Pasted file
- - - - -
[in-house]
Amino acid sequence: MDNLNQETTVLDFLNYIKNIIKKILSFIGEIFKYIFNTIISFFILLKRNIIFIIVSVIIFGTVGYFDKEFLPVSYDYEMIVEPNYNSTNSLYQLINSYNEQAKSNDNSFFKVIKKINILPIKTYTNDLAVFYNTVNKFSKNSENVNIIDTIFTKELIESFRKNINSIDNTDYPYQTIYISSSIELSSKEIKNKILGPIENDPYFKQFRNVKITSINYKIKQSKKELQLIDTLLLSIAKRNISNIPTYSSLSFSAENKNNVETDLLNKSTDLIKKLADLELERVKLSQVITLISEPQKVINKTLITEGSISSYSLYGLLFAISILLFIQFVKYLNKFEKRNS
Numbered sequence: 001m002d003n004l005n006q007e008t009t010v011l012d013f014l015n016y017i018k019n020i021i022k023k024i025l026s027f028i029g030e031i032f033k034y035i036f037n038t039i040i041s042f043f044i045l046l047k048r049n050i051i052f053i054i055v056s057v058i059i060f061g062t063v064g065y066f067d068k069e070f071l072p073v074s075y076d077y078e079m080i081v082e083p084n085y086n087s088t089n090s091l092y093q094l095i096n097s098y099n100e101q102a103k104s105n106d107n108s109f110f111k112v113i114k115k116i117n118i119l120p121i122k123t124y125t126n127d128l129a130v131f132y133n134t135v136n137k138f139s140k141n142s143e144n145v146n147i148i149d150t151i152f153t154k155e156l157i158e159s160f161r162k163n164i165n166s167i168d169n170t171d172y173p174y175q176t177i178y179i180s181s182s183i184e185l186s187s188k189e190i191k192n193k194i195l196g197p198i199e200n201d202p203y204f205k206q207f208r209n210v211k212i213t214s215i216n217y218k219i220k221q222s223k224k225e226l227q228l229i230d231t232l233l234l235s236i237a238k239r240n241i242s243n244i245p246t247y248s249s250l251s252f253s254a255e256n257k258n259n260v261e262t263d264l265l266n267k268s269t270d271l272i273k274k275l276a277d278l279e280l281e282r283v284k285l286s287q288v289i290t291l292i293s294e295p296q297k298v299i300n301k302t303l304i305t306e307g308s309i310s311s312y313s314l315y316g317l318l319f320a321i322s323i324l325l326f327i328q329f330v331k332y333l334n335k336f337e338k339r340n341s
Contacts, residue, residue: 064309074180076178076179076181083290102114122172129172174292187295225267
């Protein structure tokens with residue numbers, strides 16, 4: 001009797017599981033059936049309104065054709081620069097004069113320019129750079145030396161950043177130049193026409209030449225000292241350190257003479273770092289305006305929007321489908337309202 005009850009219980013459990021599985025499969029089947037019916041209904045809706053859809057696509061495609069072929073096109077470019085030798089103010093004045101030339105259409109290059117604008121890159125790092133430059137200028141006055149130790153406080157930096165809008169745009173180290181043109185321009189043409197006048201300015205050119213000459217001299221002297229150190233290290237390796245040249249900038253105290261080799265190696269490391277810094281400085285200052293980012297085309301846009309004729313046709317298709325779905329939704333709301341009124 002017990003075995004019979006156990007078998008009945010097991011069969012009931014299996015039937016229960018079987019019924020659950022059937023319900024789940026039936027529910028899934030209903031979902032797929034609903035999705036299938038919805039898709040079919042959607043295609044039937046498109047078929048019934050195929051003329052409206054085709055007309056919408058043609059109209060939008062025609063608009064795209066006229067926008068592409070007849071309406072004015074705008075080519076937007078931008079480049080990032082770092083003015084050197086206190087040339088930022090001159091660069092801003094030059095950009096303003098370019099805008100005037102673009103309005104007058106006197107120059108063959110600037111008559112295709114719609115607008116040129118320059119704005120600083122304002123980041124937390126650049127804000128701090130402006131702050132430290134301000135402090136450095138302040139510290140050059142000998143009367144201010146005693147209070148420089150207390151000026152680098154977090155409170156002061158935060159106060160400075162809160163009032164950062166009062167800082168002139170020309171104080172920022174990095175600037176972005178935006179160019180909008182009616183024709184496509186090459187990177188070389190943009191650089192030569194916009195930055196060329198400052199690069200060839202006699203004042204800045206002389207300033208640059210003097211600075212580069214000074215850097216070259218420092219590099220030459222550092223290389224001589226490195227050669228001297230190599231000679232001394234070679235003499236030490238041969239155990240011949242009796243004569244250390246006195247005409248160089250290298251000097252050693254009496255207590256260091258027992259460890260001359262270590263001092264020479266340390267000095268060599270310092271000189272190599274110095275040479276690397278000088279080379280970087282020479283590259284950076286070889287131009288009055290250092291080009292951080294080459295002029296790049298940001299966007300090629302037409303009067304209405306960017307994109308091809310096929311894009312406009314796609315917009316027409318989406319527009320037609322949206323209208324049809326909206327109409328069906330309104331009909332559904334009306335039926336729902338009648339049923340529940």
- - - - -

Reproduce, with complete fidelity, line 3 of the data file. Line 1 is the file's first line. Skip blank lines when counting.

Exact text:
Numbered sequence: 001m002d003n004l005n006q007e008t009t010v011l012d013f014l015n016y017i018k019n020i021i022k023k024i025l026s027f028i029g030e031i032f033k034y035i036f037n038t039i040i041s042f043f044i045l046l047k048r049n050i051i052f053i054i055v056s057v058i059i060f061g062t063v064g065y066f067d068k069e070f071l072p073v074s075y076d077y078e079m080i081v082e083p084n085y086n087s088t089n090s091l092y093q094l095i096n097s098y099n100e101q102a103k104s105n106d107n108s109f110f111k112v113i114k115k116i117n118i119l120p121i122k123t124y125t126n127d128l129a130v131f132y133n134t135v136n137k138f139s140k141n142s143e144n145v146n147i148i149d150t151i152f153t154k155e156l157i158e159s160f161r162k163n164i165n166s167i168d169n170t171d172y173p174y175q176t177i178y179i180s181s182s183i184e185l186s187s188k189e190i191k192n193k194i195l196g197p198i199e200n201d202p203y204f205k206q207f208r209n210v211k212i213t214s215i216n217y218k219i220k221q222s223k224k225e226l227q228l229i230d231t232l233l234l235s236i237a238k239r240n241i242s243n244i245p246t247y248s249s250l251s252f253s254a255e256n257k258n259n260v261e262t263d264l265l266n267k268s269t270d271l272i273k274k275l276a277d278l279e280l281e282r283v284k285l286s287q288v289i290t291l292i293s294e295p296q297k298v299i300n301k302t303l304i305t306e307g308s309i310s311s312y313s314l315y316g317l318l319f320a321i322s323i324l325l326f327i328q329f330v331k332y333l334n335k336f337e338k339r340n341s